A carton of water, a carton or a bottle?
That’s what a farmer’s carton is, according to the United States Department of Agriculture.
The USDA has recently added the carton category to its Food Quality and Safety Code, and now it wants to make it even easier for shoppers to find and purchase food.
According to the USDA’s website, cartons must be labelled “green,” “non-toxic,” “free of pesticides,” and “made from non-GMO ingredients.”
It is not clear what specific criteria the USDA uses for determining whether a carto is a cartop or not.
The new code also requires cartons to be packaged in non-stick packaging, and it requires retailers to include labels on the bottom of the cartons that state that the carto “is made of non-toxinically safe and non-siphonable organic ingredients.”
If a cartone does not meet those requirements, the USDA says, it should not be sold at retail.
It also says that if a cartons packaging does not have the words “free from pesticides,” it is considered “nonhazardous.”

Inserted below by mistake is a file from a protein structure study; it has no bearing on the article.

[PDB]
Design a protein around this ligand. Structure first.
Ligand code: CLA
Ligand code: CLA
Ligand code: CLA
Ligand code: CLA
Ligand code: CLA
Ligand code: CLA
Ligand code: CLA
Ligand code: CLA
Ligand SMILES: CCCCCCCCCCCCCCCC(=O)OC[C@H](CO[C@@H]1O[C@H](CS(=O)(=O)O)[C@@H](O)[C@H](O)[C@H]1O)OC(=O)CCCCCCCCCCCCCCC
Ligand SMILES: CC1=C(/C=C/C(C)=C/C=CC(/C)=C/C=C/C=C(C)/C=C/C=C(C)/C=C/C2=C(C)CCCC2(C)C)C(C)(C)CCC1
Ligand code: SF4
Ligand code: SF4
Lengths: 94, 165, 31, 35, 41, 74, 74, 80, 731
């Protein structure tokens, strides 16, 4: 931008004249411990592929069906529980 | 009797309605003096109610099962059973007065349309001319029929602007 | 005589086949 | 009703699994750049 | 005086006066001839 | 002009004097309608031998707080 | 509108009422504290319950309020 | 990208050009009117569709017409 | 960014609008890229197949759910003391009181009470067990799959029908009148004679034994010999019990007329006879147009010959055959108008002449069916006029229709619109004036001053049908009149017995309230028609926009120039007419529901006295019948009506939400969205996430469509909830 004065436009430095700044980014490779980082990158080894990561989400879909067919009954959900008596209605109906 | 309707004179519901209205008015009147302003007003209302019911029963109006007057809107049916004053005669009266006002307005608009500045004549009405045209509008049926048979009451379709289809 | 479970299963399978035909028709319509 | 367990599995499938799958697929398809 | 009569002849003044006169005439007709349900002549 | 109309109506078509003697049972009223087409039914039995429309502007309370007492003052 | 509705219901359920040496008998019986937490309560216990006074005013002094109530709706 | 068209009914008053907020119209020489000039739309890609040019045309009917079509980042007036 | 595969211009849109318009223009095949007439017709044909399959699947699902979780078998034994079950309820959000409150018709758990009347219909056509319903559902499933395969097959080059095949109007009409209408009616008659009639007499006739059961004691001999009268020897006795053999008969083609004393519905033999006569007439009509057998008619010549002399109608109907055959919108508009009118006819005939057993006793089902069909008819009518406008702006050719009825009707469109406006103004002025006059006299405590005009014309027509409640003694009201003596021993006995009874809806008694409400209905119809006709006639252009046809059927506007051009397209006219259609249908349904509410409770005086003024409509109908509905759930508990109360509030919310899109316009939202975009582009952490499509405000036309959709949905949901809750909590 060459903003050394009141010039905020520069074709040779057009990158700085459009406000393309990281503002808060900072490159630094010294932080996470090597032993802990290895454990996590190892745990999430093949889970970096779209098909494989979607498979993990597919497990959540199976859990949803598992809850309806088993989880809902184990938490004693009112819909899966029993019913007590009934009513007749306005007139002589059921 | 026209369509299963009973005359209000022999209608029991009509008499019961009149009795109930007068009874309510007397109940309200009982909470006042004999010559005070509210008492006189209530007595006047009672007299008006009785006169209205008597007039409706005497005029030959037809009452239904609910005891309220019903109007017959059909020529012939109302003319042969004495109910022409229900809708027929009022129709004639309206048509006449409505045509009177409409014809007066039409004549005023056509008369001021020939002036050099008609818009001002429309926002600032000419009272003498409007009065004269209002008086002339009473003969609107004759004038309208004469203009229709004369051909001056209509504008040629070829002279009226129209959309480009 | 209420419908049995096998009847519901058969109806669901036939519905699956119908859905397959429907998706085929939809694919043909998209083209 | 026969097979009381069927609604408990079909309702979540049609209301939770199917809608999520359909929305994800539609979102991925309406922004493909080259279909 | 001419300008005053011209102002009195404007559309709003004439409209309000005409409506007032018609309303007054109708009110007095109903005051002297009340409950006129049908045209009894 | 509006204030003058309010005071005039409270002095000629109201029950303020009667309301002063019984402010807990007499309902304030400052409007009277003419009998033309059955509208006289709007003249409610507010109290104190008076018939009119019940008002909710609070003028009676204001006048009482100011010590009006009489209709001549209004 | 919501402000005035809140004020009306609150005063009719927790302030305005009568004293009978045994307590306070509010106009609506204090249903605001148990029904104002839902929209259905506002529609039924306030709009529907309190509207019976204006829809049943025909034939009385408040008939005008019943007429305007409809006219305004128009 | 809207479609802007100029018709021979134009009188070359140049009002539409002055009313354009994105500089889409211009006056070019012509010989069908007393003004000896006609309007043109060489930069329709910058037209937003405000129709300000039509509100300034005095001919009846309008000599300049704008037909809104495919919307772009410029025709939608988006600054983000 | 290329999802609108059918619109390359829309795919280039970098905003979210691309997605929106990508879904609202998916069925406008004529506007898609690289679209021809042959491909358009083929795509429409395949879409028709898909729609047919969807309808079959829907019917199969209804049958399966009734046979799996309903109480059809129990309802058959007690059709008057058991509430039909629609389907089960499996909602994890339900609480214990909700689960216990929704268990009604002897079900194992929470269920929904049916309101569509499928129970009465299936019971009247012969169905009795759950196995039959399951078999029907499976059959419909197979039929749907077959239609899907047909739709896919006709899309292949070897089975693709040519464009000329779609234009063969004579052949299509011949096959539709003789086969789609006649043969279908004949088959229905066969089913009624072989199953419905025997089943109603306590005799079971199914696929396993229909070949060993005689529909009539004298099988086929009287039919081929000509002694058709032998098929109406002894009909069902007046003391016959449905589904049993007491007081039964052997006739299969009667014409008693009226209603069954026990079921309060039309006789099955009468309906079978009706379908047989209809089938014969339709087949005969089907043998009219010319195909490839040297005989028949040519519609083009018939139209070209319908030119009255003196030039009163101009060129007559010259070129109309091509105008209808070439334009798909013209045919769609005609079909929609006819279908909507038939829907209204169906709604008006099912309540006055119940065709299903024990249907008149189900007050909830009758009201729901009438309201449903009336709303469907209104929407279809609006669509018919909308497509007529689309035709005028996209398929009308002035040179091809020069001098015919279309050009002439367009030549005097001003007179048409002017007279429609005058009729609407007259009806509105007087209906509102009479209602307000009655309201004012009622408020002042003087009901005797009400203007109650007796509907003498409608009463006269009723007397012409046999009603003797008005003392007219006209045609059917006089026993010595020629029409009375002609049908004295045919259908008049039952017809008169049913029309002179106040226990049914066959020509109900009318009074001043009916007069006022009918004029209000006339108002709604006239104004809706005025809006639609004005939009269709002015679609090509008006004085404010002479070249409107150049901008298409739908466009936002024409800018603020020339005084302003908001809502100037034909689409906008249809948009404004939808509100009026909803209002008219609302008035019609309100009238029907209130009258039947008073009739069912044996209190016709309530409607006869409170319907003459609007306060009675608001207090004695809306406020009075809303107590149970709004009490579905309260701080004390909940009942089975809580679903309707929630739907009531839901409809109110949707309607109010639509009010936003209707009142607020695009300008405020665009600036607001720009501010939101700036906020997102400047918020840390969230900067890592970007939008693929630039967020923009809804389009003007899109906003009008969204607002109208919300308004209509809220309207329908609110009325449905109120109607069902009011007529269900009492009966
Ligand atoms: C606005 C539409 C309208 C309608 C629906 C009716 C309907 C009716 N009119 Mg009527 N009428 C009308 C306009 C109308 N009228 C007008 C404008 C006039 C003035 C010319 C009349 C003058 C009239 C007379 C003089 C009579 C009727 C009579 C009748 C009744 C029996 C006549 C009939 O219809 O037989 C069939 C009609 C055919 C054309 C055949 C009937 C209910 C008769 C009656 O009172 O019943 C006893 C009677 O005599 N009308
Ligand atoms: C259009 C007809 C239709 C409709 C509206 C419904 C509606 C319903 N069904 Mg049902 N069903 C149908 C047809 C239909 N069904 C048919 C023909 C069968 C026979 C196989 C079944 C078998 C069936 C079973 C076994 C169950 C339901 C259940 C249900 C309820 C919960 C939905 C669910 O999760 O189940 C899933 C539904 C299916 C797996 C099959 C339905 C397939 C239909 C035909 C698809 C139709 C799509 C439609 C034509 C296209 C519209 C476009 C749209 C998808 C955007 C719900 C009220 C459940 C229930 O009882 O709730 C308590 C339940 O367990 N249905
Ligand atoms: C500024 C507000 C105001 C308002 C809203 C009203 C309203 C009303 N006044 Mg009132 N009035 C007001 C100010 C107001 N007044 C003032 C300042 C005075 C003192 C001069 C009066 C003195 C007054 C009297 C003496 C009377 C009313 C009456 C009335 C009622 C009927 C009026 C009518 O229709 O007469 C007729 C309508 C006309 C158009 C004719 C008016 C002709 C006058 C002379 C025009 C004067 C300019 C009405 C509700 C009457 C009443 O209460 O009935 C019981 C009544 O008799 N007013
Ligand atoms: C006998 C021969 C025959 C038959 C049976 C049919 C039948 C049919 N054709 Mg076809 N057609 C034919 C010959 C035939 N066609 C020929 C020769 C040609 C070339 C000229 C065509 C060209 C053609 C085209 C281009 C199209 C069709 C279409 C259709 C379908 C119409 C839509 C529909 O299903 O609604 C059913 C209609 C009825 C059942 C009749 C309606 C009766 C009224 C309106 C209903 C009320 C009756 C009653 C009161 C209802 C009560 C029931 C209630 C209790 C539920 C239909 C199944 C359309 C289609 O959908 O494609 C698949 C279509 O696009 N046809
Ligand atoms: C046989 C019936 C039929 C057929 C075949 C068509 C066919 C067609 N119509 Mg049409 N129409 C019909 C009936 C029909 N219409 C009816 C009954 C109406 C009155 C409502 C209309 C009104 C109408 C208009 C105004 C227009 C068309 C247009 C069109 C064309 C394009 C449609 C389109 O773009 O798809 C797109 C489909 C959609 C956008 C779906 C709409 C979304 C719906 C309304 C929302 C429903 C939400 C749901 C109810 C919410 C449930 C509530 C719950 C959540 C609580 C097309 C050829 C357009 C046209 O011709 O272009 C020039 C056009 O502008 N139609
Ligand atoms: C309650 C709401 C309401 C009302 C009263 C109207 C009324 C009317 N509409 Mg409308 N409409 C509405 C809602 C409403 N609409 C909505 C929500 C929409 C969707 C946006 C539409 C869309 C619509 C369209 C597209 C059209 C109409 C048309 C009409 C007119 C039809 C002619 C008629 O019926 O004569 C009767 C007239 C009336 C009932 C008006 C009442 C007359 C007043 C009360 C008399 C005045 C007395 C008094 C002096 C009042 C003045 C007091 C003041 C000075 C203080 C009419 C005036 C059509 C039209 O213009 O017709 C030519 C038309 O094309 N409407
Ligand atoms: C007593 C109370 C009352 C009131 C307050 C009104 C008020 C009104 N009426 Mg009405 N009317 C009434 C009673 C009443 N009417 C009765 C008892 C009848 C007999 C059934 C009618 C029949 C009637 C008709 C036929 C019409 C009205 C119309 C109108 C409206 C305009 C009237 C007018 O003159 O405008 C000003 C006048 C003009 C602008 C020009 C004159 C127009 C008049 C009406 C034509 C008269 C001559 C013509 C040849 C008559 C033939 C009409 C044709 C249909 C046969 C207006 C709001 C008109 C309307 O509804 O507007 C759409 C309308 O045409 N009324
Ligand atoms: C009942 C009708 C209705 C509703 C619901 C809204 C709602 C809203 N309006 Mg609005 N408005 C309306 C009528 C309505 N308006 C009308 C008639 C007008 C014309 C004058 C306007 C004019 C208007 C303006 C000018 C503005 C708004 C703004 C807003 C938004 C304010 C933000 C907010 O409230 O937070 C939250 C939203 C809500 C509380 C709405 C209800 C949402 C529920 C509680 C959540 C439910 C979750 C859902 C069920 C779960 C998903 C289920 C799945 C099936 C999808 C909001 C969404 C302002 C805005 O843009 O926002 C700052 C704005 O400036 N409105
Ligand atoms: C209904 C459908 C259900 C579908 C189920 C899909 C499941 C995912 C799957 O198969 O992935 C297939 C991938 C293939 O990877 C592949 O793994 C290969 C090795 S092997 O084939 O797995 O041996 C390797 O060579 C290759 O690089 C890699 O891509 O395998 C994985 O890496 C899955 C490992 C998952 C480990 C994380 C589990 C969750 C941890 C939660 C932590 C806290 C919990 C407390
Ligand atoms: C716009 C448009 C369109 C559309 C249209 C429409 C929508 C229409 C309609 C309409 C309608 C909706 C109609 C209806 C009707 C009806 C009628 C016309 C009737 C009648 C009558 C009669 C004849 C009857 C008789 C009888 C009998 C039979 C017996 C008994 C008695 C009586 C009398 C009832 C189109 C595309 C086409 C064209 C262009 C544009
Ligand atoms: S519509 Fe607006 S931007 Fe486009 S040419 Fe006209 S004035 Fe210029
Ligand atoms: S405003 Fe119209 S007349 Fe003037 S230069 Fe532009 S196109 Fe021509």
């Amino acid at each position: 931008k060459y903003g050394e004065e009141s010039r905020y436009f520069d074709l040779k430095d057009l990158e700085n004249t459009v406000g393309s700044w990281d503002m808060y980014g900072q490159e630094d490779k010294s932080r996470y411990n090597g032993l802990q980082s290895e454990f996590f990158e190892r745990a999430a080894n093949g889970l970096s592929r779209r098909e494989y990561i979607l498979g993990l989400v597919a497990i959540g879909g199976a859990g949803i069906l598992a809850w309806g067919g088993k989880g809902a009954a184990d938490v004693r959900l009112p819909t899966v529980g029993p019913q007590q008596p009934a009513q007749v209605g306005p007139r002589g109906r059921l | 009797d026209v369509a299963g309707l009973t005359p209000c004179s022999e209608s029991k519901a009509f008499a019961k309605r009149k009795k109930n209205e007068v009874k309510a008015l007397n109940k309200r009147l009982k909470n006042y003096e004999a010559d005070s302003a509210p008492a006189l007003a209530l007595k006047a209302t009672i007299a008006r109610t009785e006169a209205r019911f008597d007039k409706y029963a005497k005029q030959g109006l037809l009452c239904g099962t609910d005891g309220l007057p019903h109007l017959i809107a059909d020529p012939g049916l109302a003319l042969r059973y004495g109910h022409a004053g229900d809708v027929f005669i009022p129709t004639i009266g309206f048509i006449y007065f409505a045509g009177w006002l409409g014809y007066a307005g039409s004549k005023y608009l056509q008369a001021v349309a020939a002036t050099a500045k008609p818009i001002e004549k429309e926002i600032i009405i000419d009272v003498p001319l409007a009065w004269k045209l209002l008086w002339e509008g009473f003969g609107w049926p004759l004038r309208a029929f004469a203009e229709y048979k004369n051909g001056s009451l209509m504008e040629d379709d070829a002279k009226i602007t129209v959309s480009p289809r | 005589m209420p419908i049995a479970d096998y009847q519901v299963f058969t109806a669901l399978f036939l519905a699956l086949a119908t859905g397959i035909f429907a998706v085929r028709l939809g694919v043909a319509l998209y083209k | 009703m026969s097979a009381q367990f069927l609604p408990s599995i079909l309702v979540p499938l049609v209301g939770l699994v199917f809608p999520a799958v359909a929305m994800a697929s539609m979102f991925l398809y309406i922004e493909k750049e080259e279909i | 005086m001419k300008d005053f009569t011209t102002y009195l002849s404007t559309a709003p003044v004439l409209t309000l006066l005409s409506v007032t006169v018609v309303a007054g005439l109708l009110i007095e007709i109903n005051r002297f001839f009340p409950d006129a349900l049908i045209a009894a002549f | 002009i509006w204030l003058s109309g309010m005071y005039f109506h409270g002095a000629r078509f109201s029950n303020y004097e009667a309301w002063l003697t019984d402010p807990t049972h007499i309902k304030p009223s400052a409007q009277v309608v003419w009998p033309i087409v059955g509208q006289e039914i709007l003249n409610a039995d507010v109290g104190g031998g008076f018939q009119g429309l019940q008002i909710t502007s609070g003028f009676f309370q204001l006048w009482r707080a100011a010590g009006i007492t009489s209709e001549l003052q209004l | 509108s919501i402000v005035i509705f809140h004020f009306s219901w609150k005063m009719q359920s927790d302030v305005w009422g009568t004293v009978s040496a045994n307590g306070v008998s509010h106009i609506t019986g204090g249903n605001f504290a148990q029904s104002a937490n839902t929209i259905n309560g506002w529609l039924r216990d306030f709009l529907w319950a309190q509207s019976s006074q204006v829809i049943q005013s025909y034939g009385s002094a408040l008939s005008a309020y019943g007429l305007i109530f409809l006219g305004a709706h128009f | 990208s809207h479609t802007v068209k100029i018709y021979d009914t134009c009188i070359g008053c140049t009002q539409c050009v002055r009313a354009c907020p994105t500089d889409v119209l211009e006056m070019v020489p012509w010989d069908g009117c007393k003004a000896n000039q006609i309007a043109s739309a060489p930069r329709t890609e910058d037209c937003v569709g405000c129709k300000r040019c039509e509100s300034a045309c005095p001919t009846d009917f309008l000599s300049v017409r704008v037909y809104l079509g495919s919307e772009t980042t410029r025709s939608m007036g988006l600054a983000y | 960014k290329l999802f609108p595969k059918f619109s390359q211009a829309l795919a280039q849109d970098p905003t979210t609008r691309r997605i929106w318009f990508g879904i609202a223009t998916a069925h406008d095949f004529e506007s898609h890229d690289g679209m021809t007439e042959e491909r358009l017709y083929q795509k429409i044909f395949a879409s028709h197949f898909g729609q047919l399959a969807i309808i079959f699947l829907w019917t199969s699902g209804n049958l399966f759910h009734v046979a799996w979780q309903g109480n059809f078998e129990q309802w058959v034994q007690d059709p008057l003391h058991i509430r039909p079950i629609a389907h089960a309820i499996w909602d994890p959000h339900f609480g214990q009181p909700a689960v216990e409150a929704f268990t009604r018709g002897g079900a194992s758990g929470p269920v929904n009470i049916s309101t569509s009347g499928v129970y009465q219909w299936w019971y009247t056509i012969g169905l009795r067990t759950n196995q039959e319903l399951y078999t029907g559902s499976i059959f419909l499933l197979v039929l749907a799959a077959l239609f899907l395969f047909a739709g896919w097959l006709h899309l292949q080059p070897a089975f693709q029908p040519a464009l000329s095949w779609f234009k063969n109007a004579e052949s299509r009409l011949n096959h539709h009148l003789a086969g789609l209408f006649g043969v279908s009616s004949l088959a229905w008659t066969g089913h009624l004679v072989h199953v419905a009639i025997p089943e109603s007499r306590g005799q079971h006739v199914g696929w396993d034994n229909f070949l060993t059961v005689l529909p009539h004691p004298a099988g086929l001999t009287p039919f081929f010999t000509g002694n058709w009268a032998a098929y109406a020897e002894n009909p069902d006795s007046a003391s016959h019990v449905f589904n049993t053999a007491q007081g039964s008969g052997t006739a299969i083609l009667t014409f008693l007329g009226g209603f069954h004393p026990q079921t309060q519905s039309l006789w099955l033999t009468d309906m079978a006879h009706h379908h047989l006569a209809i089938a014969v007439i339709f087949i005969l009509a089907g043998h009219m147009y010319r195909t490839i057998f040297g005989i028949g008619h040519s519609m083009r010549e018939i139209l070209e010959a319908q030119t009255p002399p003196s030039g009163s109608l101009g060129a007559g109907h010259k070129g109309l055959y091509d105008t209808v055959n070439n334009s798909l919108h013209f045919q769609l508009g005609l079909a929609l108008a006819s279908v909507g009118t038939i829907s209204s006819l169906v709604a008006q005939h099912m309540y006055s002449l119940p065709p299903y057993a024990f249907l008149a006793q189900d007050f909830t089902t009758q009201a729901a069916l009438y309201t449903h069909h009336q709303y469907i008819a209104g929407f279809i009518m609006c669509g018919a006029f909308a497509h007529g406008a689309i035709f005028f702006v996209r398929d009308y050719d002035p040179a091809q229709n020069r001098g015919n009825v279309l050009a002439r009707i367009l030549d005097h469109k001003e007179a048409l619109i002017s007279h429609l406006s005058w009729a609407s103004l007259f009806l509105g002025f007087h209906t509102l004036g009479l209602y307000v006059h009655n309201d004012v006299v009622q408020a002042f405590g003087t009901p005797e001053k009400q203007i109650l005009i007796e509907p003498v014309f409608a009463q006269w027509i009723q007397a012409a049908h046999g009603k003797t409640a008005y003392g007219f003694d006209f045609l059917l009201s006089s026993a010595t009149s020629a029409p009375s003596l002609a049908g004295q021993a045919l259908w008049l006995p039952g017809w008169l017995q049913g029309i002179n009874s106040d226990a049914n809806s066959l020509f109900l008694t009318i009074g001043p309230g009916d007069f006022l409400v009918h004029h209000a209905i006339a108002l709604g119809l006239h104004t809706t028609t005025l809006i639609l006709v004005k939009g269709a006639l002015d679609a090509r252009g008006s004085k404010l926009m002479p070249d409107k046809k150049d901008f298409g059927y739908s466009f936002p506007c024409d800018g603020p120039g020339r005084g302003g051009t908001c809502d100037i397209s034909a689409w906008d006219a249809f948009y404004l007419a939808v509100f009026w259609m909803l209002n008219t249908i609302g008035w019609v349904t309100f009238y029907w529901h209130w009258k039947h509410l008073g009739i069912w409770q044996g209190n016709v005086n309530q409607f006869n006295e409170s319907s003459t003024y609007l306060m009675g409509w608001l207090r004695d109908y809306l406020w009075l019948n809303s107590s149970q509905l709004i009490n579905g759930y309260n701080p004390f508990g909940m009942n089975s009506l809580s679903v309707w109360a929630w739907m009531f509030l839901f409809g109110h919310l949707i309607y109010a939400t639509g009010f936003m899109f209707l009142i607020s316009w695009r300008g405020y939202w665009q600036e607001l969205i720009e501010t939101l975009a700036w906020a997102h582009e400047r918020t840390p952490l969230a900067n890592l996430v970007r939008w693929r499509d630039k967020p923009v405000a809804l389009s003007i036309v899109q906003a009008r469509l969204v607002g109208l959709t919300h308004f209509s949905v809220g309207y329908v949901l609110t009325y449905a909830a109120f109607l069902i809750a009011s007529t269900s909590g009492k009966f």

If you’re shopping for food in a grocery store, it may not be obvious that a cartoning is a good idea.
But, according the USDA, “when food is packaged in a cart, the cart is an essential ingredient in the food.
A cart, in short, is a key component in the production of food and should be used with care and caution.”
It is important to remember that there are no guarantees when it comes to the quality of the food being produced.
And, if you buy food that is contaminated by pesticides, the potential damage to your health may be very serious.
What do you think about the USDA food carton code?
Let us know in the comments section below.
Follow Allison St. Clair on Twitter at Allison.St Clair.